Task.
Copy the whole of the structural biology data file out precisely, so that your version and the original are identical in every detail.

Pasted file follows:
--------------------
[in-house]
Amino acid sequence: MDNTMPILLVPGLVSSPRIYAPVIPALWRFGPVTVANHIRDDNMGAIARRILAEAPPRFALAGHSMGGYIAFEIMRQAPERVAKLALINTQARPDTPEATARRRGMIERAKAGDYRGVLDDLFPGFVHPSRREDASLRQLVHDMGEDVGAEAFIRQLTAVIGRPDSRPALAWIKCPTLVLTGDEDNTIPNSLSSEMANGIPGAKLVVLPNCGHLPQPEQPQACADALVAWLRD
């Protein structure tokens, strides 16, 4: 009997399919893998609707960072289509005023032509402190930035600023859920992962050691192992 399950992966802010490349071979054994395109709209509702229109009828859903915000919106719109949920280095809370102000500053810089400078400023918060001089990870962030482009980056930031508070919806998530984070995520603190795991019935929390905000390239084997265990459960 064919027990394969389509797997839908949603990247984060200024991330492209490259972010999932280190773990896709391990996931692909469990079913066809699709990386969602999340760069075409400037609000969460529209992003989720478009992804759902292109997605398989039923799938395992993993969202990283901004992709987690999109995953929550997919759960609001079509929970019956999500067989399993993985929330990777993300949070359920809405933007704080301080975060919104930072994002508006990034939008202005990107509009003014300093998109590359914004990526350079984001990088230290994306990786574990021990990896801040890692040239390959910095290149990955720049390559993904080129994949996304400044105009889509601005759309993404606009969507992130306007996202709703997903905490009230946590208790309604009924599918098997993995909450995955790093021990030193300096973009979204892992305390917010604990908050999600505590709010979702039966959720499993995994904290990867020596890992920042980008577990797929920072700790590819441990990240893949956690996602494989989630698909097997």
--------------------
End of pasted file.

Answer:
[in-house]
Amino acid sequence: MDNTMPILLVPGLVSSPRIYAPVIPALWRFGPVTVANHIRDDNMGAIARRILAEAPPRFALAGHSMGGYIAFEIMRQAPERVAKLALINTQARPDTPEATARRRGMIERAKAGDYRGVLDDLFPGFVHPSRREDASLRQLVHDMGEDVGAEAFIRQLTAVIGRPDSRPALAWIKCPTLVLTGDEDNTIPNSLSSEMANGIPGAKLVVLPNCGHLPQPEQPQACADALVAWLRD
């Protein structure tokens, strides 16, 4: 009997399919893998609707960072289509005023032509402190930035600023859920992962050691192992 399950992966802010490349071979054994395109709209509702229109009828859903915000919106719109949920280095809370102000500053810089400078400023918060001089990870962030482009980056930031508070919806998530984070995520603190795991019935929390905000390239084997265990459960 064919027990394969389509797997839908949603990247984060200024991330492209490259972010999932280190773990896709391990996931692909469990079913066809699709990386969602999340760069075409400037609000969460529209992003989720478009992804759902292109997605398989039923799938395992993993969202990283901004992709987690999109995953929550997919759960609001079509929970019956999500067989399993993985929330990777993300949070359920809405933007704080301080975060919104930072994002508006990034939008202005990107509009003014300093998109590359914004990526350079984001990088230290994306990786574990021990990896801040890692040239390959910095290149990955720049390559993904080129994949996304400044105009889509601005759309993404606009969507992130306007996202709703997903905490009230946590208790309604009924599918098997993995909450995955790093021990030193300096973009979204892992305390917010604990908050999600505590709010979702039966959720499993995994904290990867020596890992920042980008577990797929920072700790590819441990990240893949956690996602494989989630698909097997």